He's got a ticket to ride, finally

Cosmonaut: From a Russian bureaucrat with love - Dennis Tito gets his $20 million shot at space travel.

April 28, 2001|By Kathy Lally | Kathy Lally,SUN FOREIGN STAFF

MOSCOW - Most laughed - it had to be a joke - when they heard he would take up cosmonaut training and fly into space. Of course, he had once worked for the space agency, and he had always dreamed of flying among the stars, and can't dreams come true?

Today, he will blast off, the laughter long since subsided. His name is Yuri Baturin, and he is part of the two-man Russian crew that is flying American Dennis Tito to the International Space Station. Tito may be the first tourist in space, but Baturin has already distinguished himself as the first bureaucrat there.

He was a 48-year-old aide to President Boris N. Yeltsin in 1998 when he announced his desire to become a cosmonaut and, by the end of that year, he was blasting off to the Mir space station.

NASA fiercely opposed Tito's trip. Russians feel otherwise - and not only because he paid them $20 million for the pleasure. They like people who find a way around officialdom to get what they want. And they don't like the United States to boss them around.

There's a treasured saying here: If it's forbidden, but you really feel like doing it, then you can.

Tito "looks puny and small, just an ordinary person," said Alexander Ivanchenko, a Soviet cosmonaut who first visited space in 1978, "but the fact that he is going there and giving so much money does him much credit."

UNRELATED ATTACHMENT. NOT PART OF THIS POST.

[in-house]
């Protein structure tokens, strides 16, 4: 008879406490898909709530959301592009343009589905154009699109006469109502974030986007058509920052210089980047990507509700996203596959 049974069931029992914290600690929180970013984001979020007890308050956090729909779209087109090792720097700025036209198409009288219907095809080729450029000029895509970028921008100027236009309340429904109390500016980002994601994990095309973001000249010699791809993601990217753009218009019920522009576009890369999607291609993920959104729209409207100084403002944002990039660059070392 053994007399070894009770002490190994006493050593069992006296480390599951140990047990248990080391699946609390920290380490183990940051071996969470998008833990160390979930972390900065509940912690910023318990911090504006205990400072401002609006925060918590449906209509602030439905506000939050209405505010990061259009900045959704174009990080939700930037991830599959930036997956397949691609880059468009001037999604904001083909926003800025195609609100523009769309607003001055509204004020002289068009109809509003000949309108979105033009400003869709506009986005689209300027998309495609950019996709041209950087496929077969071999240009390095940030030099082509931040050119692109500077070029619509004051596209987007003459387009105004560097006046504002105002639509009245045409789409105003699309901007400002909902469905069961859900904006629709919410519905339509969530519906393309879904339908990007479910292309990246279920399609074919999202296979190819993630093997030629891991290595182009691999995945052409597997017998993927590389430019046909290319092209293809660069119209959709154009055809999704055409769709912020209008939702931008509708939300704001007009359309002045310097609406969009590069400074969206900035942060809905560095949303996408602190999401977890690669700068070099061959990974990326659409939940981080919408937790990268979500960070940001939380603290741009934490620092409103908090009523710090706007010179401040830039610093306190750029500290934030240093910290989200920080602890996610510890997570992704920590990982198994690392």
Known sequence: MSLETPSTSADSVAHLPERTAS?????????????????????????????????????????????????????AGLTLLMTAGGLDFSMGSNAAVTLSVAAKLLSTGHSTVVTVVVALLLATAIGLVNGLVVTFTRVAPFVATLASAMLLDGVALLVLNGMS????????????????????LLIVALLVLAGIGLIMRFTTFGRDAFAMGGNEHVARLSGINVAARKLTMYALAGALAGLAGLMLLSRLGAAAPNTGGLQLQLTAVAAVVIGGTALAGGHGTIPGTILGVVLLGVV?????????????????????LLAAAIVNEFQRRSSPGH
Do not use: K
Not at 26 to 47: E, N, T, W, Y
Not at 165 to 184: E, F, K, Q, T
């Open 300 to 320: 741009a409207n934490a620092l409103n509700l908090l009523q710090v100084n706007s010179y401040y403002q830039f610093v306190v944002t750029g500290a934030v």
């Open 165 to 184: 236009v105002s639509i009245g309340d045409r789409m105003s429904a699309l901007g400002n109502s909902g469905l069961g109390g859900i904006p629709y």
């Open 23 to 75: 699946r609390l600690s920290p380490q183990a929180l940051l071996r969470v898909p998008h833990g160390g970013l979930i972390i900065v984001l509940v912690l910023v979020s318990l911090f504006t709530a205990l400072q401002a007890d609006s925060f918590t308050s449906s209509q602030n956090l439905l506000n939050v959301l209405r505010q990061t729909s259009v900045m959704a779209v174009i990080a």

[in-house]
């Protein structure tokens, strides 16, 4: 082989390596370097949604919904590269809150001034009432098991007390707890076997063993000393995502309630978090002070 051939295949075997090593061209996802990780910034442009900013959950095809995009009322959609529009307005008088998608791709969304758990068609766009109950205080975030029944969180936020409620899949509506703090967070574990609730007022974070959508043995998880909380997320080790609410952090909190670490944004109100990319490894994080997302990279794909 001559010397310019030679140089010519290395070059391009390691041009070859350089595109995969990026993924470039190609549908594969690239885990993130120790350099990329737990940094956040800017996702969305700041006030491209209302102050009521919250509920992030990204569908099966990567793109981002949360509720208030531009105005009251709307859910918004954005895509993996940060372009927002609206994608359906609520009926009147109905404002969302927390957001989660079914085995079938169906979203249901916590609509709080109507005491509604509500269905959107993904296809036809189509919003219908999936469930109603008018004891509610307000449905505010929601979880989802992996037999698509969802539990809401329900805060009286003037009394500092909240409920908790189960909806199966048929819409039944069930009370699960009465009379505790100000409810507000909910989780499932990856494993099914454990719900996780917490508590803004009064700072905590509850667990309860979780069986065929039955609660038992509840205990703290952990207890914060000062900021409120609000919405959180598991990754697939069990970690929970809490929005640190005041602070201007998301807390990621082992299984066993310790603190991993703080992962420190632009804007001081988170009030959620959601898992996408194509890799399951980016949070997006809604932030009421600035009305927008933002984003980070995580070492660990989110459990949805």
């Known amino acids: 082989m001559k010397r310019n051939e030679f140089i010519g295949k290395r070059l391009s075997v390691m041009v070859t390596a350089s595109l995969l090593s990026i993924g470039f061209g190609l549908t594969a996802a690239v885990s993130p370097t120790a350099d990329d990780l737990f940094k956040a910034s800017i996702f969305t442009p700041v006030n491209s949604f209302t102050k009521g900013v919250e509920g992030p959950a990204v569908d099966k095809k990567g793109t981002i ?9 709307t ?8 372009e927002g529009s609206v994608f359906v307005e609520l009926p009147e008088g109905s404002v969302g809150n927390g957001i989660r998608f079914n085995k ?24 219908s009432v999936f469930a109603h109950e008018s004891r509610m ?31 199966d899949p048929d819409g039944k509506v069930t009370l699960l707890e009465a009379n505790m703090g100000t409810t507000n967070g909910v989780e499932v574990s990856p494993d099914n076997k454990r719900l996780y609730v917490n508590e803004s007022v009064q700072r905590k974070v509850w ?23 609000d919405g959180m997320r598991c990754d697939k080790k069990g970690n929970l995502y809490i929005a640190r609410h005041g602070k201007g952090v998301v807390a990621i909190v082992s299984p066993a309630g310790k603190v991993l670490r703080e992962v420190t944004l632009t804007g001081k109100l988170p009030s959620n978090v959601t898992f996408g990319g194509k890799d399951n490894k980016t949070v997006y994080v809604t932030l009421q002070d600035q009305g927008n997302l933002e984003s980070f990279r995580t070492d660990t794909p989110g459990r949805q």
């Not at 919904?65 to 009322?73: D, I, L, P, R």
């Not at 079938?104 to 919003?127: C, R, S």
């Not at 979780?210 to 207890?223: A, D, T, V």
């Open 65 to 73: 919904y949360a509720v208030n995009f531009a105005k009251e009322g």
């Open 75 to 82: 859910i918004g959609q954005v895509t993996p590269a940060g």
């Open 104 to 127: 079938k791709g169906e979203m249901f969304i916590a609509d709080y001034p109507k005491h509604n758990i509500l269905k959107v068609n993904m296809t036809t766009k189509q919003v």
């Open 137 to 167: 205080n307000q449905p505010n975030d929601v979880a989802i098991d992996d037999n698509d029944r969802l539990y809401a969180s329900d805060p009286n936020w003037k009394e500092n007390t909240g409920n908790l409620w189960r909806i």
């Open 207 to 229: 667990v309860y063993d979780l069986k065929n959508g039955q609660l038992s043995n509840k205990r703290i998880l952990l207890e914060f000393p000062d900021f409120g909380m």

Ivanchenko is 60, the same age as Tito.

Tito, who once worked as a rocket engineer at NASA's Jet Propulsion Laboratory, later set up an investment firm and became a multimillionaire. He had been talking to Russia, which badly needs money for its space program, for years about a space trip. While Tito was accumulating the money for his chance, Baturin was storing political capital for his own launch. He was the secretary of Yeltsin's security council in 1998 when he became a cosmonaut.

Baturin's first flight, to the Mir space station in August 1998, was widely reported on by Russian media, which dwelled on the way political connections can get things done here. Space officials brushed aside all speculation that it was silly to send Baturin, who was 49 at the time.

"We can teach anyone to become a cosmonaut as long as he is not an idiot," Viktor Blagov, Mir's deputy flight director, said at the time. "Do people come out of their mothers as fliers? No. First they go to school, then to an institute. We show them how."

Russians are sympathetic to Tito because the United States is opposed to him. At first, the United States, one of the partners in the $95 billion station, said Russia couldn't send Tito without permission. NASA officials insisted it was dangerous to send an amateur.

They gave in to Russia's intransigence only after Tito promised to pay for anything he broke and signed a release.

"The new American administration doesn't approve of it," said Tatyana Skvortsova, a Moscow pensioner. "They want us to depend on them, even in space."

She said Russia was grateful for Tito's money and that a partnership with America was good as long as it avoided domination.

"Mankind has always been staring at the stars, intrigued," she said. "And the time will come when people will go into space free, without any special training."

Younger people, however, worried about Tito's age.

"The idea is not bad," said Larisa Zaitseva, a medical student, "but he is 60. Will he be all right with all the strain?"

Maybe, she said, he should spend the money on charity.

Dmitri Ryabov, a middle-aged businessman, said he admired Tito for pursuing his dream.

"For many people at age 60," he said, "life looks as if it's approaching its final and boring stage. What I like about that man is that he is not going to give in."

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